I also fall into the camp which opposes the closing off of waterways and railways by high security fencing. You cannot protect individuals from themselves or their own stupidity — which is what you are trying to do when you fence off railways and waterways. Logic says that every open unfenced road poses a far greater risk to lives, yet no one suggests we spend millions on security fencing and inconveniencing pedestrians and cyclists. All these arguments are well known and have been rehearsed a thousand times.
Nor is there nothing new in them. Back in the early-1970s when I was Birmingham city councillor there was a proposal to erect a security fence between canals and towpaths to reduce the number of people falling into the city's canals. This proposal was defeated, but a proposal to close off the city's rivers was successful despite opposition from a few councillors like myself. The River Tame was the northern boundary of the ward (Shard End) I represented and where I lived (Hodge Hill). Within weeks of the fence beingo erected I found teenagers with a acetylene torch removing a section of the metal fence so they could get to the river. In the summer kids were in the habit of fishing with nets for tiddlers or rods to catch small fish. Some built rafts and floated down the Tame. It was a river you could, except after bad rainstorms, stand up in. I did the same kind of thing as a kid in the 1950s. It was fun and I was well aware of the danger (in recent years I have walked parts of the River Erewash in the river itself).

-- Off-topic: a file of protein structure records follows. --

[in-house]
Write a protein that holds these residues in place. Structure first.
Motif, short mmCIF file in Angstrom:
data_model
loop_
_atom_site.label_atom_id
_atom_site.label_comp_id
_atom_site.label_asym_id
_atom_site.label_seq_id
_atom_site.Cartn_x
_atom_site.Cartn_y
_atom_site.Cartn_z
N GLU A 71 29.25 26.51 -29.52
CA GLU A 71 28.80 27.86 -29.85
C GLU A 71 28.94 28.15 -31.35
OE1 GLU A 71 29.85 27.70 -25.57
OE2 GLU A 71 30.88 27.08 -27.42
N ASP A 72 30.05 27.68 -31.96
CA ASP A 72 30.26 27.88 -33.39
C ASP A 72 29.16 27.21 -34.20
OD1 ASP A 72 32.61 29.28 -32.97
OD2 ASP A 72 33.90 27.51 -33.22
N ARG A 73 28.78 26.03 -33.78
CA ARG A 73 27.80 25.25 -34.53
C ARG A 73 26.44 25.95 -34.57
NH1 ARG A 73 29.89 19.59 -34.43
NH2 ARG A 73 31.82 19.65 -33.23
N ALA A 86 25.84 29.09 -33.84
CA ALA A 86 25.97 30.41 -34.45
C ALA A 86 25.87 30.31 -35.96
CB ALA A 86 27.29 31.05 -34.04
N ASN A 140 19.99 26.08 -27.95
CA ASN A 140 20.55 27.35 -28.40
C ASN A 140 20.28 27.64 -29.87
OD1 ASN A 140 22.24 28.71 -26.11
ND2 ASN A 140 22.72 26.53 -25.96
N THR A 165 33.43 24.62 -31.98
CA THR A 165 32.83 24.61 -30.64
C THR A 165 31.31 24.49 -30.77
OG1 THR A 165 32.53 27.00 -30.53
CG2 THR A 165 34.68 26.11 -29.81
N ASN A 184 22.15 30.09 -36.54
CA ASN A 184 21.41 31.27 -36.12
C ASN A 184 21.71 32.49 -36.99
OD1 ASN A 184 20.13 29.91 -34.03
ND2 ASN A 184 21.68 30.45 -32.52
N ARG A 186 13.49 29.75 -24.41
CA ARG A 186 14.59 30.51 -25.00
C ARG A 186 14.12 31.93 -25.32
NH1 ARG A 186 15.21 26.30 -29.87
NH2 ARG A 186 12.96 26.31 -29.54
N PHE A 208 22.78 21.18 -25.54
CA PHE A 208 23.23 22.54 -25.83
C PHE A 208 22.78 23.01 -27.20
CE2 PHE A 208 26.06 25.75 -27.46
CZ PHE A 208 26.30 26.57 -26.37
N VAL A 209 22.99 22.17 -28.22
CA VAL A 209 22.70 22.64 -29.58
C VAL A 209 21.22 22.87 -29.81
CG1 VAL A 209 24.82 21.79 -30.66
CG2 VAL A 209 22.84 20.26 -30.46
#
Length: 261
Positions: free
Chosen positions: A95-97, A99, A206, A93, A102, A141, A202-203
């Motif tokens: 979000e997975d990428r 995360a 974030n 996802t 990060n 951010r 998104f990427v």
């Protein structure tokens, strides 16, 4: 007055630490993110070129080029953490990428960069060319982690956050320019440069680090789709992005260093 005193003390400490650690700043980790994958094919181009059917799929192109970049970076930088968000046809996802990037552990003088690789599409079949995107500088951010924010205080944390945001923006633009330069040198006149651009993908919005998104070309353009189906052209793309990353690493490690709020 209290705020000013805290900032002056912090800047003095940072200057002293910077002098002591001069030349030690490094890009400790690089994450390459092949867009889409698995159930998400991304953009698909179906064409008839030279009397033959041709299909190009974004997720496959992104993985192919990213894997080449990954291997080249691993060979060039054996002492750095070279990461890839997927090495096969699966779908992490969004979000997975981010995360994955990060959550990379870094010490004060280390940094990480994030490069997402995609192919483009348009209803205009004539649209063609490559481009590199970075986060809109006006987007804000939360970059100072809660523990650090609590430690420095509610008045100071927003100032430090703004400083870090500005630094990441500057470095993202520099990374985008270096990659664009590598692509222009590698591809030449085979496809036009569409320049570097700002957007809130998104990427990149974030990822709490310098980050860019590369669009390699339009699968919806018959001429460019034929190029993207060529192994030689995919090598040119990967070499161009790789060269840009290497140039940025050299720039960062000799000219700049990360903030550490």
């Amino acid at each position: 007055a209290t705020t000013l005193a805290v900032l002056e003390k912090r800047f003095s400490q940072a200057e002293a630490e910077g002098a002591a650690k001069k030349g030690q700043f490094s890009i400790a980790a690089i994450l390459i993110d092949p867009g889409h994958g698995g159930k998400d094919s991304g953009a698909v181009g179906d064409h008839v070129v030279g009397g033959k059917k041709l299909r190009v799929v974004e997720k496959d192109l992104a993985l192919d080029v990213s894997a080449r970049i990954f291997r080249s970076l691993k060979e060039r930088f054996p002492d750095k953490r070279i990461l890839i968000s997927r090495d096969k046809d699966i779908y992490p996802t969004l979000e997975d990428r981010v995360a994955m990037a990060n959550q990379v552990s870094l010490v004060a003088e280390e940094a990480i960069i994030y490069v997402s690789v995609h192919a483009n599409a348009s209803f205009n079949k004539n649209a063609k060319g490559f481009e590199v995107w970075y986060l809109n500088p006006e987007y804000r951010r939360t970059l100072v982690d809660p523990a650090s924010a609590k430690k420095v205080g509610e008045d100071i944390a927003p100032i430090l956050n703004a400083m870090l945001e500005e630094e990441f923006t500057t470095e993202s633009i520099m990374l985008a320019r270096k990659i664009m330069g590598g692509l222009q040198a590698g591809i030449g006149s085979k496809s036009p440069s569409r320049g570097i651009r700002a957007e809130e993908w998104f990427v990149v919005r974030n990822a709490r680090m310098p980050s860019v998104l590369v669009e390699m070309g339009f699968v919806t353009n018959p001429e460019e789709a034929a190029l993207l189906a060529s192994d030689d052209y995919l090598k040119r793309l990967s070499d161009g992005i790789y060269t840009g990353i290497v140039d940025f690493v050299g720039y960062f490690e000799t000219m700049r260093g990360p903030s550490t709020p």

Anyway, rant over, back to my map with thanks to osm-nottingham.org.uk. Click on the maps to enlarge.
*I am having open heart surgery sometime in January and plan to devote my post-op time to making a full recovery.